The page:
These well known outcrops are a legacy of volcanoes past, the central core remaining whilst the rest has worn away over aeons of time. This is not an uncommon phenomenon in Australia but these and the ones at Coonabarabran are the best.
This view is taken near Mary Cairncross Park which is, in turn, near Maleny in the hinterland but you will also notice them en route from Brisbane.
One thing the Sunshine Coast is not short of is scrub turkeys.
This particular one is in the carpark at Peregian Beach but they are fairly common throughout the area.
Whilst staying in our B&B at Flaxton I used to watch them each evening as they ascended in stages to the heights of the rainforest trees in order to nest for the night.
During the daytime they scratch and scrape through the leaf litter for assorted items of vegetable or insect matter or scrounge scraps off the tourists. Either way, they don't go hungry.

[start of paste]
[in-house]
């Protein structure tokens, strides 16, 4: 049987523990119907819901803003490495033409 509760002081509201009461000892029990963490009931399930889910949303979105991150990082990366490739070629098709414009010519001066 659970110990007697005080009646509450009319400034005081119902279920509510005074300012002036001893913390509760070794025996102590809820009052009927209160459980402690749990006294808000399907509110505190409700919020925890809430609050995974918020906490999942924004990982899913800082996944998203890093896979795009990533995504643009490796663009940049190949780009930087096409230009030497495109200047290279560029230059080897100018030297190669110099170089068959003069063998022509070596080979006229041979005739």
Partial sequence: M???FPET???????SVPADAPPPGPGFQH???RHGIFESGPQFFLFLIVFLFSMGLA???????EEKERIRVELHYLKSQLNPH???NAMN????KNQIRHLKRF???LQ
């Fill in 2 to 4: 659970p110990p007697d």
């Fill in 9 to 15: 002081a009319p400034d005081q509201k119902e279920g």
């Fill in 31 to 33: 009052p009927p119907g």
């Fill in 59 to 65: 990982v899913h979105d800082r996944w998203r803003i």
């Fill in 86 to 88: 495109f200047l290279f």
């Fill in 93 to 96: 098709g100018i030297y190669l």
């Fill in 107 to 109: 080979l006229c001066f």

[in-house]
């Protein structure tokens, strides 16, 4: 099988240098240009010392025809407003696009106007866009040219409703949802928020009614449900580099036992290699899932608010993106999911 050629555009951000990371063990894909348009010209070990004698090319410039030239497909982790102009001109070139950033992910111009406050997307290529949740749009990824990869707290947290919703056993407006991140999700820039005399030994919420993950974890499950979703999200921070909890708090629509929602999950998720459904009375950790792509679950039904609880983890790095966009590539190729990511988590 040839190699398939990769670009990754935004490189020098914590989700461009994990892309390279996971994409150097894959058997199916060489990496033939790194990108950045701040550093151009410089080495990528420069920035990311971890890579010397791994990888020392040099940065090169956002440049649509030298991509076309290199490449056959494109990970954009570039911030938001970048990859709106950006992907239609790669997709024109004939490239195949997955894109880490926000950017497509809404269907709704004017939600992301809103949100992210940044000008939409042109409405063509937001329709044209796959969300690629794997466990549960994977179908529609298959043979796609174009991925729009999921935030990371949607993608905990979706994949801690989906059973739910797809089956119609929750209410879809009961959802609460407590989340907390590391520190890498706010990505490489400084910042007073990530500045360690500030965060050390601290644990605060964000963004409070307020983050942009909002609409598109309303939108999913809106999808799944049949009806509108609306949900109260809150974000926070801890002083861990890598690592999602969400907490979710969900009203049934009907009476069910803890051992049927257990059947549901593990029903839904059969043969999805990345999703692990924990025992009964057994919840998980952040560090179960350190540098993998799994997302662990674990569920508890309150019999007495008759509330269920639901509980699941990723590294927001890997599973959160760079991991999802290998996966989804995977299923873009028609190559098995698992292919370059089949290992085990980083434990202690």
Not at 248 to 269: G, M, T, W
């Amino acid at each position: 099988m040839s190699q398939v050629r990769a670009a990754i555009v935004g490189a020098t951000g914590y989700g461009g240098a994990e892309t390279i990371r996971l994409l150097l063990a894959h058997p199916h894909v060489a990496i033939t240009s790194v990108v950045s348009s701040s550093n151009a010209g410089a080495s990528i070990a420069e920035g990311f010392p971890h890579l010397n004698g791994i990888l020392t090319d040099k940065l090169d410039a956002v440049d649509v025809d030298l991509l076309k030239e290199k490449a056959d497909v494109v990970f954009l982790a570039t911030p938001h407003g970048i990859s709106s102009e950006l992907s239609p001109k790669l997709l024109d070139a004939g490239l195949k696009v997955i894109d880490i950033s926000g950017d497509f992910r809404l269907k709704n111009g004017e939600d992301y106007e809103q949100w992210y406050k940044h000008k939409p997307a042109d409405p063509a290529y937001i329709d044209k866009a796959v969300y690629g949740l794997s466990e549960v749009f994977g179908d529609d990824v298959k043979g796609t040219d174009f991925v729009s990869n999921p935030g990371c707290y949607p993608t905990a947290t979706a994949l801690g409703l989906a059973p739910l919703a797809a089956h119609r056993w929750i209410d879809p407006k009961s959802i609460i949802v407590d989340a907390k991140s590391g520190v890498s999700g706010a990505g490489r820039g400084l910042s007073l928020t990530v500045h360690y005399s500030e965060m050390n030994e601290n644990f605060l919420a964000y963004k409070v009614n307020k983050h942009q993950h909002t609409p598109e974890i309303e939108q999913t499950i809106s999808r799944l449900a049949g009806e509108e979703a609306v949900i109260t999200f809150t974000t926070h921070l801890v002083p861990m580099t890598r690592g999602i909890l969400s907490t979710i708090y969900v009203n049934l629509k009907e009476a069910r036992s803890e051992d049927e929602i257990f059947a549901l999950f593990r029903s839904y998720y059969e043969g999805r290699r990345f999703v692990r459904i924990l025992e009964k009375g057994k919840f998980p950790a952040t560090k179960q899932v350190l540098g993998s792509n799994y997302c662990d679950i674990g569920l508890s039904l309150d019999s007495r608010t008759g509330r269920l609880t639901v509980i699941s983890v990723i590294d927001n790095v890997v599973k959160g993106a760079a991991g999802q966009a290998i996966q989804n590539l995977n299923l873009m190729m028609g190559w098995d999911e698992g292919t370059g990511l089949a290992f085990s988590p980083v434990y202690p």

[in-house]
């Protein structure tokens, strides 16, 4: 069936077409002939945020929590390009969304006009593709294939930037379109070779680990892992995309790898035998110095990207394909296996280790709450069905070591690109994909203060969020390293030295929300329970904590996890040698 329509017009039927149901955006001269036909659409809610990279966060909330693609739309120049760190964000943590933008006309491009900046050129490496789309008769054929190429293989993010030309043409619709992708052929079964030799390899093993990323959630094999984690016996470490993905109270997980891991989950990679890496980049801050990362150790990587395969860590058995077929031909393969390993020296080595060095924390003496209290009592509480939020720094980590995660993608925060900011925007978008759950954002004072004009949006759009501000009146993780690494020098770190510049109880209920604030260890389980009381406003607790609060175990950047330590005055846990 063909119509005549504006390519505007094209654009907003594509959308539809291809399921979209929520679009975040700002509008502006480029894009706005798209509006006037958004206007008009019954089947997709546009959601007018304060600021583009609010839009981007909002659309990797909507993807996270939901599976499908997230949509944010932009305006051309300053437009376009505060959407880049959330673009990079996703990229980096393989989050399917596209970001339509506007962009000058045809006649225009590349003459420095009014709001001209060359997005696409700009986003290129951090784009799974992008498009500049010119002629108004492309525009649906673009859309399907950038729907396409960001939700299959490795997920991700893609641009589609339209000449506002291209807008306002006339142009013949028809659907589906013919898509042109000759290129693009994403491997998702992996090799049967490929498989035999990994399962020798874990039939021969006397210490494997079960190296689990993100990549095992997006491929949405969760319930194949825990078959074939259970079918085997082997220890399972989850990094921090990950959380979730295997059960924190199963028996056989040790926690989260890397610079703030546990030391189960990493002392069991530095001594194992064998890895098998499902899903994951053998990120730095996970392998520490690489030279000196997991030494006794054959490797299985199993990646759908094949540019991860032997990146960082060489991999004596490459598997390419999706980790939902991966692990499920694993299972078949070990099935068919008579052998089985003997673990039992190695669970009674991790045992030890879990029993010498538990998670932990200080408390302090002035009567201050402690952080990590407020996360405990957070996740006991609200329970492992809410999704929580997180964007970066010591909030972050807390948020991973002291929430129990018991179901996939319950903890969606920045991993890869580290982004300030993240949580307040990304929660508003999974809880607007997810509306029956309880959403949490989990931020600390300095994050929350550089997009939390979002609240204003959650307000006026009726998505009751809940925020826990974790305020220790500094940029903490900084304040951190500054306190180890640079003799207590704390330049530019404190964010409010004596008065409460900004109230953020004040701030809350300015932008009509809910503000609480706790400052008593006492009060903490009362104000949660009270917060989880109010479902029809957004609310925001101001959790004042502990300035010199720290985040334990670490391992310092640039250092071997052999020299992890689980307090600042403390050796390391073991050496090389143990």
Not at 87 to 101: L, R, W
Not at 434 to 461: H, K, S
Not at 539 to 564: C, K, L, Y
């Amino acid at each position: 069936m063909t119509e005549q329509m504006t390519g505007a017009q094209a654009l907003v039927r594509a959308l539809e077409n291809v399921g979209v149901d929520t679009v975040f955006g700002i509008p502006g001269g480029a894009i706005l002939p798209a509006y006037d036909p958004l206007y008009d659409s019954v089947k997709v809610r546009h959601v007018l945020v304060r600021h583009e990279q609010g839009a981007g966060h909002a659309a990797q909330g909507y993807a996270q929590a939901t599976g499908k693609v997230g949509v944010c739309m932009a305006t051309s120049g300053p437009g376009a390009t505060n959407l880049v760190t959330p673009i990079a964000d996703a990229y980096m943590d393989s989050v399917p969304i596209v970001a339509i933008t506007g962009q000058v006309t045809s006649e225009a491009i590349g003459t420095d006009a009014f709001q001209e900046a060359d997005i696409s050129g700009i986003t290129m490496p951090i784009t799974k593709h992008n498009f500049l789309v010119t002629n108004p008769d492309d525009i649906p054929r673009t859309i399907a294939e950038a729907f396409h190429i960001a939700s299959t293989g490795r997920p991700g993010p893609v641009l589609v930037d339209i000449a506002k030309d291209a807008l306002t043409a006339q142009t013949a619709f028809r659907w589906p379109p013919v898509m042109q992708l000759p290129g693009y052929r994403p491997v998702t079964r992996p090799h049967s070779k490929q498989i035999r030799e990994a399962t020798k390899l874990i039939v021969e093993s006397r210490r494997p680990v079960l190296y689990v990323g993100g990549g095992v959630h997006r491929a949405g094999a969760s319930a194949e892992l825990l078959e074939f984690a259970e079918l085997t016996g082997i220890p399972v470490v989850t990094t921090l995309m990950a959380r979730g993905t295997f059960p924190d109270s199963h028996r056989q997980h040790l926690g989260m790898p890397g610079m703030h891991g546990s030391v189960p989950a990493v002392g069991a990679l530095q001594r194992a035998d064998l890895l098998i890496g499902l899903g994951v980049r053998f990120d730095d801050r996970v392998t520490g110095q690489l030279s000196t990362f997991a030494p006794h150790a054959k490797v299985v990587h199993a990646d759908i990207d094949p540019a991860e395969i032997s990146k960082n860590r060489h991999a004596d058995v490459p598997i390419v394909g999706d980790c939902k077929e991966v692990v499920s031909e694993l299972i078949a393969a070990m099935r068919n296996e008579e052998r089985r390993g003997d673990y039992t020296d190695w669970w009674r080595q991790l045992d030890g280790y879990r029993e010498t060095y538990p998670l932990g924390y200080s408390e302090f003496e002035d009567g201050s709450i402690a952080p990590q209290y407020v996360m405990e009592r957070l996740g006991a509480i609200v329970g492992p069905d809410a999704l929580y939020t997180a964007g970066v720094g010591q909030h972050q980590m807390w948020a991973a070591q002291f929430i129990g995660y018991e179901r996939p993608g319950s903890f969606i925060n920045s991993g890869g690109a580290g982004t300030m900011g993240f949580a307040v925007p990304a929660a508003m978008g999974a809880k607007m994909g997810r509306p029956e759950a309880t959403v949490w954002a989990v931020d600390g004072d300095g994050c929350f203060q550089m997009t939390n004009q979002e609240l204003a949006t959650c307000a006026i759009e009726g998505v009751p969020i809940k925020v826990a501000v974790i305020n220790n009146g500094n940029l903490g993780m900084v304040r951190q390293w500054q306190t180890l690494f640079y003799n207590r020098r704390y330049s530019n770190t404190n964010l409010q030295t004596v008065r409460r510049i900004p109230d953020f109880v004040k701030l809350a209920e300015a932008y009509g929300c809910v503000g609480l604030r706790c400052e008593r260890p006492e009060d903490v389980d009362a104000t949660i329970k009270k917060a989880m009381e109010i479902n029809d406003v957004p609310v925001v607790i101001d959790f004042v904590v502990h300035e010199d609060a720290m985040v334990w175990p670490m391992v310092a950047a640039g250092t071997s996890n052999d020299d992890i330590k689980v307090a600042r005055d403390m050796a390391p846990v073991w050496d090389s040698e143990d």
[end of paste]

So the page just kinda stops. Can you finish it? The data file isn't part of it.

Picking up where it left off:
The beach is what drew people to Noosa and that is still the main drawcard. Surfing gave it a prominence and publicity above the other attractions that were there.
The National Park of the headland, the coloured sands of Teewah, the creek that offered abundant fishing. These were all reasons for people to go there and still are but today, the fishing has waned, the National Park is always busy and there's a dozen tours to take you to the coloured sands.
There's also a myriad of other attractions.
The first surf lifesaving club was formed in 1927 but it was surfboarding that put it on the international map.
Today the population is around 10,000 and growing. Real estate is expensive, as is some of the accommodation. Those with money and an artistic bent are liable to be found here and at Byron Bay in northern N.S.W.
At one end of the walk is the approximately 200 steps at Sunshine Beach which is on the south side.
We actually walked from my son's accommodation, about 400 metres from these steps, and then over the hill to Alexander Beach and onto Granite Bay, Ti Tree Bay and National Pass.
Other walks lead off this track but they are not as frequented as this one.
The trail from Noosa to the point is actually a concrete and boardwalk path, so popular has it become.